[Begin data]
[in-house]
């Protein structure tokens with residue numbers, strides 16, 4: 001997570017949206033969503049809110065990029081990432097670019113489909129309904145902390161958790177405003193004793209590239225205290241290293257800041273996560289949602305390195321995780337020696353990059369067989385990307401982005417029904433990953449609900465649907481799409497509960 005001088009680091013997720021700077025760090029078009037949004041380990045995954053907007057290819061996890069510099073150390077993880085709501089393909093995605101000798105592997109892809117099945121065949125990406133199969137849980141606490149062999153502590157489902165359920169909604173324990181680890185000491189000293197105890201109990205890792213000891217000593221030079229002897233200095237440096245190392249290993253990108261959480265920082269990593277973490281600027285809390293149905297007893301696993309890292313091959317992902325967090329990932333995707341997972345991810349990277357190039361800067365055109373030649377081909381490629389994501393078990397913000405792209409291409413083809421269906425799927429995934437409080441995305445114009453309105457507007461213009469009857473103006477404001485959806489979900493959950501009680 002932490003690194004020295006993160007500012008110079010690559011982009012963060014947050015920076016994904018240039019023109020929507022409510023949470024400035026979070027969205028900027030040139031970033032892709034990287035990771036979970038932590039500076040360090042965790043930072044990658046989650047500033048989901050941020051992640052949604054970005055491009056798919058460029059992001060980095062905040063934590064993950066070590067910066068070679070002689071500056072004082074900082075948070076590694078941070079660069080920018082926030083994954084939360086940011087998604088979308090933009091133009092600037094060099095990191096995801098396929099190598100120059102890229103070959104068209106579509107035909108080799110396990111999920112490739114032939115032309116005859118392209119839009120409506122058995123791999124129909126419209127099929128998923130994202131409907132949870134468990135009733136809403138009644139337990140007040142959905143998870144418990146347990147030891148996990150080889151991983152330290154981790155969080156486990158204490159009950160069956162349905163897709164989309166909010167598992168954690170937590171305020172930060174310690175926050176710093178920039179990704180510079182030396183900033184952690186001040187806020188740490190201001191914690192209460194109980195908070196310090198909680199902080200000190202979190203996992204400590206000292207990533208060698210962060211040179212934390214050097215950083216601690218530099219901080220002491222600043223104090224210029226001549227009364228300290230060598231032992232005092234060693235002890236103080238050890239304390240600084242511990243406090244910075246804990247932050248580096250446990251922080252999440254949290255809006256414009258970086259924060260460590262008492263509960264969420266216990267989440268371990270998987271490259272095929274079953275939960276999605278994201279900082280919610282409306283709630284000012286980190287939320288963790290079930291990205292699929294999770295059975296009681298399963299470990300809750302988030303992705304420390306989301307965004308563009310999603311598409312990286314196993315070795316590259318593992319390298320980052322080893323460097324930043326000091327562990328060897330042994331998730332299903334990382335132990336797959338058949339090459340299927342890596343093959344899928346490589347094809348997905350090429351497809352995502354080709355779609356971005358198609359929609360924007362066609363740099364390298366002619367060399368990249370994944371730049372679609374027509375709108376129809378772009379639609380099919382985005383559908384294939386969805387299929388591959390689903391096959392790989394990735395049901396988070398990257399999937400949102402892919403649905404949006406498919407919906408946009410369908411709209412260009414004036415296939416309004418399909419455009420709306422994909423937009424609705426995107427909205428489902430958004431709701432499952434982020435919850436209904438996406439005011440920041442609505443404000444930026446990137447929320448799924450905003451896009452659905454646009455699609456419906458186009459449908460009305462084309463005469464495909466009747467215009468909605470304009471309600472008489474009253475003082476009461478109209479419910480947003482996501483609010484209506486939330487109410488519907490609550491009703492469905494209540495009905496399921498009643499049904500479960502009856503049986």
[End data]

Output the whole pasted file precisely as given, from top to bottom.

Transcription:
[in-house]
């Protein structure tokens with residue numbers, strides 16, 4: 001997570017949206033969503049809110065990029081990432097670019113489909129309904145902390161958790177405003193004793209590239225205290241290293257800041273996560289949602305390195321995780337020696353990059369067989385990307401982005417029904433990953449609900465649907481799409497509960 005001088009680091013997720021700077025760090029078009037949004041380990045995954053907007057290819061996890069510099073150390077993880085709501089393909093995605101000798105592997109892809117099945121065949125990406133199969137849980141606490149062999153502590157489902165359920169909604173324990181680890185000491189000293197105890201109990205890792213000891217000593221030079229002897233200095237440096245190392249290993253990108261959480265920082269990593277973490281600027285809390293149905297007893301696993309890292313091959317992902325967090329990932333995707341997972345991810349990277357190039361800067365055109373030649377081909381490629389994501393078990397913000405792209409291409413083809421269906425799927429995934437409080441995305445114009453309105457507007461213009469009857473103006477404001485959806489979900493959950501009680 002932490003690194004020295006993160007500012008110079010690559011982009012963060014947050015920076016994904018240039019023109020929507022409510023949470024400035026979070027969205028900027030040139031970033032892709034990287035990771036979970038932590039500076040360090042965790043930072044990658046989650047500033048989901050941020051992640052949604054970005055491009056798919058460029059992001060980095062905040063934590064993950066070590067910066068070679070002689071500056072004082074900082075948070076590694078941070079660069080920018082926030083994954084939360086940011087998604088979308090933009091133009092600037094060099095990191096995801098396929099190598100120059102890229103070959104068209106579509107035909108080799110396990111999920112490739114032939115032309116005859118392209119839009120409506122058995123791999124129909126419209127099929128998923130994202131409907132949870134468990135009733136809403138009644139337990140007040142959905143998870144418990146347990147030891148996990150080889151991983152330290154981790155969080156486990158204490159009950160069956162349905163897709164989309166909010167598992168954690170937590171305020172930060174310690175926050176710093178920039179990704180510079182030396183900033184952690186001040187806020188740490190201001191914690192209460194109980195908070196310090198909680199902080200000190202979190203996992204400590206000292207990533208060698210962060211040179212934390214050097215950083216601690218530099219901080220002491222600043223104090224210029226001549227009364228300290230060598231032992232005092234060693235002890236103080238050890239304390240600084242511990243406090244910075246804990247932050248580096250446990251922080252999440254949290255809006256414009258970086259924060260460590262008492263509960264969420266216990267989440268371990270998987271490259272095929274079953275939960276999605278994201279900082280919610282409306283709630284000012286980190287939320288963790290079930291990205292699929294999770295059975296009681298399963299470990300809750302988030303992705304420390306989301307965004308563009310999603311598409312990286314196993315070795316590259318593992319390298320980052322080893323460097324930043326000091327562990328060897330042994331998730332299903334990382335132990336797959338058949339090459340299927342890596343093959344899928346490589347094809348997905350090429351497809352995502354080709355779609356971005358198609359929609360924007362066609363740099364390298366002619367060399368990249370994944371730049372679609374027509375709108376129809378772009379639609380099919382985005383559908384294939386969805387299929388591959390689903391096959392790989394990735395049901396988070398990257399999937400949102402892919403649905404949006406498919407919906408946009410369908411709209412260009414004036415296939416309004418399909419455009420709306422994909423937009424609705426995107427909205428489902430958004431709701432499952434982020435919850436209904438996406439005011440920041442609505443404000444930026446990137447929320448799924450905003451896009452659905454646009455699609456419906458186009459449908460009305462084309463005469464495909466009747467215009468909605470304009471309600472008489474009253475003082476009461478109209479419910480947003482996501483609010484209506486939330487109410488519907490609550491009703492469905494209540495009905496399921498009643499049904500479960502009856503049986």